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Monday, 28 September 2015

Skinny Dip!!! Yay!! Jeez Brrrrr!

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Yes folks, it was that time again – The North-East Skinny Dip in aid of Mind.
This year the venue moved from a remote part of Druridge Bay to the Visitor Centre where, for a fiver, a tent could be put up. And the toilets were open and, in the morning, so was the cafe (although a huuuuge post-dip queue indicating an overwhelmed server-on had us driving up the A1 for a “Drivers Breakdast” at Belford.) The change of venue to a more civilised spot probably caused the increase in numbers of dippers this year – I understand that there was 300, or, maybe, 350 altogether of people in the altogether.
Anyway, I collected Dawn from the Usual Place and we camped for a noisy night amongst much laughter and late-night clinking of bottles and some light striptease and/or streaking from some of the less inhibited campers. We were much more refined, as we should be at our age.
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And then it was quarter to five in the morning – yes folks, there really is another quarter to five in a day – this one in the middle of the night, it seems, and perishing cold it was too, the only light being the huge brown moon sitting on the treetops.
Eventually, and by some miracle of night-time navigation involving following somebody else, we found ourselves on beach with a flat sea slapping lazily at the hard sand (too early for the sea to wake up, obviously). I made the mistake of filling some of the wait for dip-time with a little paddle. This anaesthetised my toes very effectively, or actually, it made them hurt if I’m honest.
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Something inaudible was announced on a megaphone and then, suddenly, everybody stripped off, did a count-down and charged towards the sea.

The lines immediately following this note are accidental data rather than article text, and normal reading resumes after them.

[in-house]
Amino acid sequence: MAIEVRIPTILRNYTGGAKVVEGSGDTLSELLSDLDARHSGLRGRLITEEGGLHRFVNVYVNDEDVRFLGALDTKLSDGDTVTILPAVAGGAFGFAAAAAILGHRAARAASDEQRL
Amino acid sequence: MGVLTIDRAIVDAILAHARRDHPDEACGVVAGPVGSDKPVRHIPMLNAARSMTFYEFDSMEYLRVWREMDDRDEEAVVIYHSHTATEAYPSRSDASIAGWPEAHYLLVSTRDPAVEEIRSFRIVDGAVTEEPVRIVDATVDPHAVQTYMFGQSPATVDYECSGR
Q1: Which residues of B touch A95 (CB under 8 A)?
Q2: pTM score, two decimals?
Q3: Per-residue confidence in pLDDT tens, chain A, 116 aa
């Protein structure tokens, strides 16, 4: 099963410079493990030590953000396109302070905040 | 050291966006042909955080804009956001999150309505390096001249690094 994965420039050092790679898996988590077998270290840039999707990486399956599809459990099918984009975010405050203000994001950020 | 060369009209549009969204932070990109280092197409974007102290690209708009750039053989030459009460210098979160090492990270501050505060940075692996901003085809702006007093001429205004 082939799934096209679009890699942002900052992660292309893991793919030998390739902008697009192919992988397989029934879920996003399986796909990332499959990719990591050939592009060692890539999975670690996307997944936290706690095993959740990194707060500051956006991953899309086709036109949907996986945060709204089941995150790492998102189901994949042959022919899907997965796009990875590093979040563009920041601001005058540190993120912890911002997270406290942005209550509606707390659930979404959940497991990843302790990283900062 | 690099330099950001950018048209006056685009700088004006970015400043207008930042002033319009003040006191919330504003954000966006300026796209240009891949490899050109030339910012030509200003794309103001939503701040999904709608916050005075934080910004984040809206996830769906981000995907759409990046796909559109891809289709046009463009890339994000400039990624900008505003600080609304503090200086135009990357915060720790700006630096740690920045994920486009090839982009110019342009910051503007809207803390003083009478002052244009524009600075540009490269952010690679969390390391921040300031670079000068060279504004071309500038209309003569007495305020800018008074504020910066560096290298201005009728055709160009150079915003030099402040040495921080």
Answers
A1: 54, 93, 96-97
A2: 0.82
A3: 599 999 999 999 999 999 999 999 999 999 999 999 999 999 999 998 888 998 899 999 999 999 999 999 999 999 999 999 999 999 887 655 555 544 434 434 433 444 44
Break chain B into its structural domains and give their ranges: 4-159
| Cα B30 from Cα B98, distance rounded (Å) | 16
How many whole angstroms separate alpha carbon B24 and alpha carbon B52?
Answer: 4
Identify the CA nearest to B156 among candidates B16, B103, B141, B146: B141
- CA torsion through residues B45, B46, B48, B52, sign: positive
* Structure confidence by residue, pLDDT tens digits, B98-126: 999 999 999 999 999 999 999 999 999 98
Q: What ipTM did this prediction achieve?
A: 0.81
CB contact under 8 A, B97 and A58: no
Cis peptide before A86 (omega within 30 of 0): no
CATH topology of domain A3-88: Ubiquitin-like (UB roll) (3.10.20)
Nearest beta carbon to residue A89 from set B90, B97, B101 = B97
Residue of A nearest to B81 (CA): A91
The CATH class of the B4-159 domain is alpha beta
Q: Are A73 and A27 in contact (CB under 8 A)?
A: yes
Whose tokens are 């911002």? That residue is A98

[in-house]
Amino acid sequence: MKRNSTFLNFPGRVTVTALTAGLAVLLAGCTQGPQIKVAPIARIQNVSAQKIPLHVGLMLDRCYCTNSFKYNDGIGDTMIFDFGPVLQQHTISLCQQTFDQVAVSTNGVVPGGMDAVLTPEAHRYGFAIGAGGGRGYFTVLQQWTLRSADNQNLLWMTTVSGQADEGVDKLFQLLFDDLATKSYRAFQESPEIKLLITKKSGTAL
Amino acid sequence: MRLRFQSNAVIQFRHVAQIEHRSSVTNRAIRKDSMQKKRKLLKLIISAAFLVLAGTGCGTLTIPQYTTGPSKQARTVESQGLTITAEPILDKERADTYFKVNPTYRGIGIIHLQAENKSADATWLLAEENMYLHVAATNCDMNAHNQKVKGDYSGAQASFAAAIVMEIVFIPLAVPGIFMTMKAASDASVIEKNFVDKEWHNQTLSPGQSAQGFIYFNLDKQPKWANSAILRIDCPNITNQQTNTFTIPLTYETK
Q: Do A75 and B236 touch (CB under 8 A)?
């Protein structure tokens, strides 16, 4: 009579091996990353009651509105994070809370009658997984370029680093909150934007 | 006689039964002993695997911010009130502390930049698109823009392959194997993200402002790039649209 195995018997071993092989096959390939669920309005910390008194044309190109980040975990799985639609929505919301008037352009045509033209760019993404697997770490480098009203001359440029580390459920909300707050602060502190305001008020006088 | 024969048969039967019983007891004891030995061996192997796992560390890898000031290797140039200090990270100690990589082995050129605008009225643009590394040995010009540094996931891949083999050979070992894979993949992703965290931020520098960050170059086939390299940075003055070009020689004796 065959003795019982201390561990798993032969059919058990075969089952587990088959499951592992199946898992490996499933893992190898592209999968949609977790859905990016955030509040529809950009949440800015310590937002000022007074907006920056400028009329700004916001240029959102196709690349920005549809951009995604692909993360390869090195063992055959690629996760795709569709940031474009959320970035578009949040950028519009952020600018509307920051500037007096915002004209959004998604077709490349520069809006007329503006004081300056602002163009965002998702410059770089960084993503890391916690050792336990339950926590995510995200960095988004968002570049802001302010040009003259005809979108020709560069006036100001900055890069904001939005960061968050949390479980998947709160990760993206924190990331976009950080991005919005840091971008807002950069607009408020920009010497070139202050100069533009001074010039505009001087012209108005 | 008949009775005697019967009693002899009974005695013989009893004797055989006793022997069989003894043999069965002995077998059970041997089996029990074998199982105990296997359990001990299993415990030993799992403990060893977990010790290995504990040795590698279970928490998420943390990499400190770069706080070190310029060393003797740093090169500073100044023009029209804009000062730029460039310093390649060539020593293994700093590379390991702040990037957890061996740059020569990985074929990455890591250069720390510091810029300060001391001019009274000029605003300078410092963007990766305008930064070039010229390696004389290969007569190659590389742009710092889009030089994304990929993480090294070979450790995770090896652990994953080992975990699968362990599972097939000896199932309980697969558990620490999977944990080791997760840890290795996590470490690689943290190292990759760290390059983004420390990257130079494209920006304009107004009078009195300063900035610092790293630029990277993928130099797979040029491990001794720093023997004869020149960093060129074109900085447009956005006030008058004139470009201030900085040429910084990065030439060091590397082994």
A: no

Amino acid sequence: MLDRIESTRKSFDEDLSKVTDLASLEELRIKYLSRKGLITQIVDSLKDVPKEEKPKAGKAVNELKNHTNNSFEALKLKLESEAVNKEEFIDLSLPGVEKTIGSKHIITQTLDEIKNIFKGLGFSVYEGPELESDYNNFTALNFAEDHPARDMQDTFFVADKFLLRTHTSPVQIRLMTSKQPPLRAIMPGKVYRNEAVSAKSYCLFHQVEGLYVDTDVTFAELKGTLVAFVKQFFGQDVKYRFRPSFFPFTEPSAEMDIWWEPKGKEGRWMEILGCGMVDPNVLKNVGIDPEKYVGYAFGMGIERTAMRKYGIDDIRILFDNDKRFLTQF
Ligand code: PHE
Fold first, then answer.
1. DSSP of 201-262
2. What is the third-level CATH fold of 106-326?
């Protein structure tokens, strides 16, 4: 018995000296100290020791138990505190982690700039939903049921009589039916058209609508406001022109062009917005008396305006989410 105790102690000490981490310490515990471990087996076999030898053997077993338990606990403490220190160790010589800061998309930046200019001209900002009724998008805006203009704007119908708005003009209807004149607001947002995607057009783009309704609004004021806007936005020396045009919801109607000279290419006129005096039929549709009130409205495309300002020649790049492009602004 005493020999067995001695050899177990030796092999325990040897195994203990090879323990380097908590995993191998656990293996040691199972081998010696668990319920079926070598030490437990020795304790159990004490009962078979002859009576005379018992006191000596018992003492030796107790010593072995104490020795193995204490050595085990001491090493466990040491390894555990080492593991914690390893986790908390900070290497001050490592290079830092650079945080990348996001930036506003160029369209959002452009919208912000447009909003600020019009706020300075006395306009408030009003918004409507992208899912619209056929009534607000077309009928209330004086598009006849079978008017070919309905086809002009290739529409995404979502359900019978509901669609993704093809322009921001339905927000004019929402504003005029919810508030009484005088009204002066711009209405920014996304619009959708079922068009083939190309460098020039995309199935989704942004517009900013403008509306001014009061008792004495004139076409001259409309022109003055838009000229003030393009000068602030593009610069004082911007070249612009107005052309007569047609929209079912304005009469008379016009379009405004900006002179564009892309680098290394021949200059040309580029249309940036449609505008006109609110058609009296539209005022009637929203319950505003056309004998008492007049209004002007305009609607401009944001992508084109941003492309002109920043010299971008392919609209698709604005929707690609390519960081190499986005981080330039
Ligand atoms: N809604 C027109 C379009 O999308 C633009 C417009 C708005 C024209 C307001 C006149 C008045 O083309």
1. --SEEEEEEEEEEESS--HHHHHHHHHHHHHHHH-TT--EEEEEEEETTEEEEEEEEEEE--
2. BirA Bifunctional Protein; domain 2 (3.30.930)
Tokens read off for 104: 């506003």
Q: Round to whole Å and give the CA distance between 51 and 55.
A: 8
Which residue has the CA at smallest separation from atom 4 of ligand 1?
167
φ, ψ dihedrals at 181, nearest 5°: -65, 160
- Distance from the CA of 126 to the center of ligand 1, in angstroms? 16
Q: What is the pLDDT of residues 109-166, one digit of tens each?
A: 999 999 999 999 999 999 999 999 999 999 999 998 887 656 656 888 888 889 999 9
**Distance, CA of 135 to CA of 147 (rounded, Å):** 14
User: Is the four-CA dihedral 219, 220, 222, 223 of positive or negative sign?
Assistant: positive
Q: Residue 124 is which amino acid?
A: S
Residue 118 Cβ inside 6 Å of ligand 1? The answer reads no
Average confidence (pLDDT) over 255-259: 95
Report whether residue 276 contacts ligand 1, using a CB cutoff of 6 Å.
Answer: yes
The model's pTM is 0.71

Dawn’s comment on the way to the briny was “I can’t believe I’m doing this.” I strongly suspect that quite a few others were either saying, or at least, thinking exactly the same thing.
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Then we were in. Splashing and laughing and shivering and screaming and, in may cases, trying to breathe.
Then, there was a cheer and a round of applause, apparently aimed at the sun which had just peeped over the horizon. Many rushed for the shore and warm trollies. I stayed in for a while, coming out only to collect my camera for a few pics of this magical scene of humanity in it’s salty, beautiful playground, bathed, as it was , in gold.
I took some pic of the well wrapped-up press photographers snapping the massed undressed cavorting in the sea..
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This girl was taking instructions from a photographer so that the sun would be cradled in her arms. To get the same picture I would have had to sit on his knee. I suspect that this might have caused some tension, so I did as best I could:
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The last picture I took before my camera broke is this one:
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Serves me right, I suppose.
So there are no pictures of the achingly beautiful Ross Back Sands where we spent the rest of the day snoozing and reading and brewing (and, in my case, dipping again) in the warm sunshine. Shame, really.
So, that’s another dip dipped. I shall do it again. I’m grateful to Dawn for her support – I’m never keen on being the single (old) male on these occasions, so Dawn’s presence made it easier for me and, in the process, she’s raised a couple of hundred quid for Mind too, so it’s all good. We could do with a few more recruits, though, I think. Anybody feeling daft/brave/too warm?
As for me, the greeting of the sun by many dippers was spiritual and the whole thing has left me feeling euphoric for some unexplainable reason – I suppose it’s the same mixture of joy and spirituality that you get at Yule with the connection to the turning of the year and all that. And then there’s quite a lot of people being quite brave about revealing their bodies against instilled social taboos, overcoming shyness, inhibitions and fear. And doing something a bit naughty too.  I’m hoping that the event grows in popularity even more. I could be quite evangelistic about this if I tried…
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Friday, 25 September 2015

TGO Challenge–Shall I or Shan’t I? (Do you really care anyway?)

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Mrs Pieman gets me the TGO mag on subscription as a Christmas present, so I got the copy with the application forms in it (innit?) a week or so ago and I started filling it in. But it’s still sitting there half completed.